The Limits of Capitalism
I am a capitalist. Contrary to the occasional community members who call me a socialist or a techno communist, I believe wholeheartedly in the power of markets to efficently determine what's best in most cases.
But I am not an absolute capitalist. I believe that markets do break down from time to time and we need to recognize when those things happen and do something about it. The labor movement, when it was not corrupt for the most part, is an example of a societal response to a market breakdown.
When we stare into the future, we see that our cars will not have drivers. We see that the stuff we buy from Amazon will be delivered by drones. We see that the foundations and structures of our homes will be built by 3D printed concrete. We see a world where many jobs will not exist anymore. Taken out by technology. The very technology that many of us here at AVC are working hard to create and that many of us here at AVC celebrate.
My partner Albert has been talking about this on his blog for a long time. If you want to see the totality of Albert's thinking on this topic, read the economics tag on his blog. One of Albert's thoughts is that we may need a basic income guarantee to redistribute the consumer surplus we will be creating when we no longer have to pay for drivers, delivery people, and construction workers in our lives (and many others). He's now doing a research project to look into this idea in greater detail and is looking for a research assistant.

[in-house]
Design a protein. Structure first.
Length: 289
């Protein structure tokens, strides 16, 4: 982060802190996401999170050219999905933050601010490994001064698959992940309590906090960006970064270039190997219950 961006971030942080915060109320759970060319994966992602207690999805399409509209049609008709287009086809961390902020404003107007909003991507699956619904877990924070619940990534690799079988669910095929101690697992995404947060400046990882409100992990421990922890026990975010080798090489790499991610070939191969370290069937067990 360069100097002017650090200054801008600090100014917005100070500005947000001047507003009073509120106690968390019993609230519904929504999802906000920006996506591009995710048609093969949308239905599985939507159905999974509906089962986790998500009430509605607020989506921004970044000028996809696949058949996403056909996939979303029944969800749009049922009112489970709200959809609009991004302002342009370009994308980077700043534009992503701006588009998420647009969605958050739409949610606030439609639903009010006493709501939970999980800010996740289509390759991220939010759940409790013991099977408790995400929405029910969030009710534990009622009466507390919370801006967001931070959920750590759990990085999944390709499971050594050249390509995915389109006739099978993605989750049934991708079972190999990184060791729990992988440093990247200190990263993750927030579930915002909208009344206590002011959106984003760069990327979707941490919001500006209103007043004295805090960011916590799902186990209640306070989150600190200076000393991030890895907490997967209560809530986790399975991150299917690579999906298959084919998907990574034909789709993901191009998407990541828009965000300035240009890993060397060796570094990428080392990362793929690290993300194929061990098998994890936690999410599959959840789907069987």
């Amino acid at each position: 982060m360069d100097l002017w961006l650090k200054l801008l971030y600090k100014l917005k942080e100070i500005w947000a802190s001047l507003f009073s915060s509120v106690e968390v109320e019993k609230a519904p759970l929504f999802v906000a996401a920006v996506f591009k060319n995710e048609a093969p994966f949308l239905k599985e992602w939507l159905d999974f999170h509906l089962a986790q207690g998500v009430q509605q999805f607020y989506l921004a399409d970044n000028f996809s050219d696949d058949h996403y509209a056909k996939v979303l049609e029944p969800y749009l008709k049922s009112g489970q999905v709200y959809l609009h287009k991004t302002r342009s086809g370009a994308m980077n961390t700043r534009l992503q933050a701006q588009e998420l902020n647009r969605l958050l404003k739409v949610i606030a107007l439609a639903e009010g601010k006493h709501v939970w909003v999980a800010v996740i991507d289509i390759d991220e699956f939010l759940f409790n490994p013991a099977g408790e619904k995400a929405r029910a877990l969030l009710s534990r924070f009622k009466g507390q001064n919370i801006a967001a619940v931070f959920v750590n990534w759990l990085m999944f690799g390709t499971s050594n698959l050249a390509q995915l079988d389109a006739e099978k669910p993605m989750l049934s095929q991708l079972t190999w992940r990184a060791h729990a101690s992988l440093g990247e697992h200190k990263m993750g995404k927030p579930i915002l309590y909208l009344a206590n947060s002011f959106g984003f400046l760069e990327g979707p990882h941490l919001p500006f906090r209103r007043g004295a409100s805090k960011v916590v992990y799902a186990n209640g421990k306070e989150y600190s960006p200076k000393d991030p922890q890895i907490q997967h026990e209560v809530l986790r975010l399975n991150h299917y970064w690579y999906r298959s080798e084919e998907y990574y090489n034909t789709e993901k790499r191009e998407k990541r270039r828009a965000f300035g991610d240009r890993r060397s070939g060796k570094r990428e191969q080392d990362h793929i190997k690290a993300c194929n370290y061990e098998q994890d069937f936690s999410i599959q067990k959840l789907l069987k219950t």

But Albert is not the only one thinking about this stuff. Bruce Bartlett, a senior policy advisor to the Reagan and Bush administrations wrote a piece in the NY Times earlier this week advocating for a basic income guarantee.
And if you haven't read David Simon's rant on this topic in the Guardian, I would suggest you do.
I am not sure about the basic income guarantee. It feels like welfare to me and that system destroyed many productive lives. People need to work. They need to have something to feel good about doing every day. Work is a big part of self image and self worth. Any system that makes it possible for people to sit at home eating bon bons (as the Gotham Gal likes to say) is not a good system.
That said, we do need to recognize that technology is taking massive costs out of our collective P&Ls and creating a large surplus for many of us. At the same time, the people who made up that cost structure are out of work and struggling to put a roof over their head and feed their families. Shouldn't that surplus, at least part of it, go to assisting those people?
So I welcome this debate and I will not be principled on this point. I will not let ideaology and orthodoxy drive my thinking here. And I don't think anyone else should either. Because this is an important discussion to be having. And not just for the US, but for the entire world.